In the searched literature, there were many identified stressors and adversities affecting nursing in their daily work. Poor controlling of theses stressors will negatively impact different aspects related to nurses’ wellbeing and the quality of care that provided to the patients [41]. Resilience can release and compensate the negative impact of the stressful work environment on the psychological wellbeing and the other aspects related to nurses [12].

Resilience level among nurses is low and below the general population average [12]. There is a strong need to develop and implement resiliency education program for nurses and integrate it in nursing education [19] [26]. Furthermore, there is a consensus over that resilience is a process, can be learned, and it is very beneficial to nurses [24] [27].

In this review, many resiliency strategies or skills were found and recommended by researchers to increase resilience and control stress and anxiety among nurses. There was an agreement over group of strategies and recommendations that are congruent with [31] suggested recommendations to build resilience among nurses. Jackson and her colleagues summarized four main strategies to improve resilience among nurses including: protecting: building emotional barriers to prevent the negative impacts of stressors and stressful situations; processing: to relief the impact of stressors and stressful situations; decontaminating: to remove the influence of stressors and stressful situations; and distancing: to be physically away from stressors and stressful situations.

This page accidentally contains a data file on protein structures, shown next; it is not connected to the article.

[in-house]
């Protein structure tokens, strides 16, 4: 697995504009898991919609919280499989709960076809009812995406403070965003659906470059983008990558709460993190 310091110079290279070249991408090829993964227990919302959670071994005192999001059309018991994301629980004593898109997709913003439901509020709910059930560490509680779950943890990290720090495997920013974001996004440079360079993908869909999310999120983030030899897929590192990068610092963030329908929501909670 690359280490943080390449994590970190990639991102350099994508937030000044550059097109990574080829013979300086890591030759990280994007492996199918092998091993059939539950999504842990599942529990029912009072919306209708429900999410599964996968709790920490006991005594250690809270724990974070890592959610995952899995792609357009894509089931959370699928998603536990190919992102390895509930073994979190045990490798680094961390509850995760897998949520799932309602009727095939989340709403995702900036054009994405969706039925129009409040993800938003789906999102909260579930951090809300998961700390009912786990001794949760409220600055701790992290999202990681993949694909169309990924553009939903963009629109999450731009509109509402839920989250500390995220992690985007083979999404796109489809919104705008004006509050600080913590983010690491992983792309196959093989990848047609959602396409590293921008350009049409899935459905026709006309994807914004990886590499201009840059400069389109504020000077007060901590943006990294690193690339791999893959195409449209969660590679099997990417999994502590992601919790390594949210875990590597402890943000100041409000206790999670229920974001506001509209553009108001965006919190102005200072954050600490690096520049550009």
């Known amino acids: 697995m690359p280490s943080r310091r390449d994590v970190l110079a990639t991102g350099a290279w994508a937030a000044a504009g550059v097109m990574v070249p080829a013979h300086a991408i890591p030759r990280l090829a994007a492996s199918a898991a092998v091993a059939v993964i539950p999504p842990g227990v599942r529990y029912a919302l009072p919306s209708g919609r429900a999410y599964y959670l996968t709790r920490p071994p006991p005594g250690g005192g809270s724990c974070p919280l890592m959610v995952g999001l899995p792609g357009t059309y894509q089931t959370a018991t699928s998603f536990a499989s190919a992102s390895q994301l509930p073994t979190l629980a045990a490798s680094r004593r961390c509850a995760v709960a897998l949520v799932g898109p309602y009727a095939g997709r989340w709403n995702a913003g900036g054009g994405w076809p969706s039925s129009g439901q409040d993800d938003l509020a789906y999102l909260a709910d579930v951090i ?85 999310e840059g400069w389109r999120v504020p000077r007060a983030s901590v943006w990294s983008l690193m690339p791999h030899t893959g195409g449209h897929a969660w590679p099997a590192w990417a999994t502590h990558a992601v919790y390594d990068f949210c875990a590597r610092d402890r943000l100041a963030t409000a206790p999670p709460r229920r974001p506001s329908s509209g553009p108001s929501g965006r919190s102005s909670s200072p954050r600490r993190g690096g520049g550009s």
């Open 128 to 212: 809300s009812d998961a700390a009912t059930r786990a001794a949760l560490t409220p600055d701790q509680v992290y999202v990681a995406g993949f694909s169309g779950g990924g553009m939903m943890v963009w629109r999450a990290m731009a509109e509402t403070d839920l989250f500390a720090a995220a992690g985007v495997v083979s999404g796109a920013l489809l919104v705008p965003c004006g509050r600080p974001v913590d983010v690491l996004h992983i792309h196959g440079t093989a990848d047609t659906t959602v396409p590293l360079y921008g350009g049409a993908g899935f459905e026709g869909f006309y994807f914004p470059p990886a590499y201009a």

Some researchers in the field developed resiliency programs and tested their impacts on nurses’ resilience and psychological outcomes. Most of the conducted interventional studies reported significant improvement in resilience and stress among participants. In a systematic review, total of 16 studies out of 24 studies showed significant improvement in resilience levels after the implementation of resiliency programs [36].

Despite the significant improvement of the resiliency program on resilience and the psychological outcomes among nurses, it is noticed that there is no consensus over the contents of the programs. In other words, the issue of nursing resiliency programs’ contents is still debatable. Up to the time, there is no a unified universally approved program to build nursing resilience [42]. Furthermore, the contents of the programs were not consistent with the pure recommended strategies suggested by the researchers in the field. Most of the implemented resiliency training programs were stress reduction or mindfulness based resiliency program. Programs were not directed toward the pure resilience skills or strategies that mentioned in the litterateur. Meanwhile, there is an agreement in the literature over a group of resilience skills or strategies. There is a need to develop a new resiliency training program based on the agreed pure resiliency skills and strategies and integrate in nursing education program.

4.2. Limitation

A large group of quantitative studies in comparison to qualitative studies is one of the limitations of this study. The search was restricted to the basic terminology nurses, nurses, nursing, resilience, resilient, and resiliency synonyms terms were not considered in the search.

4.3. Conclusion

Resilience has a positive and direct impacts on many aspects related to nurses’ wellbeing, patients care, and organizations intimacy. There is a strong need to develop a unified resilience program based on the recommended strategies that are mentioned in the literature and integrate it with nursing education.

Cite this paper
Abualruz, H. and Hayajneh, F. (2019) The Contrary Impact of Resilience on the Complicated Nursing Work Environment: A Literature Review. Open Journal of Nursing, 9, 1188-1201. doi: 10.4236/ojn.2019.911087.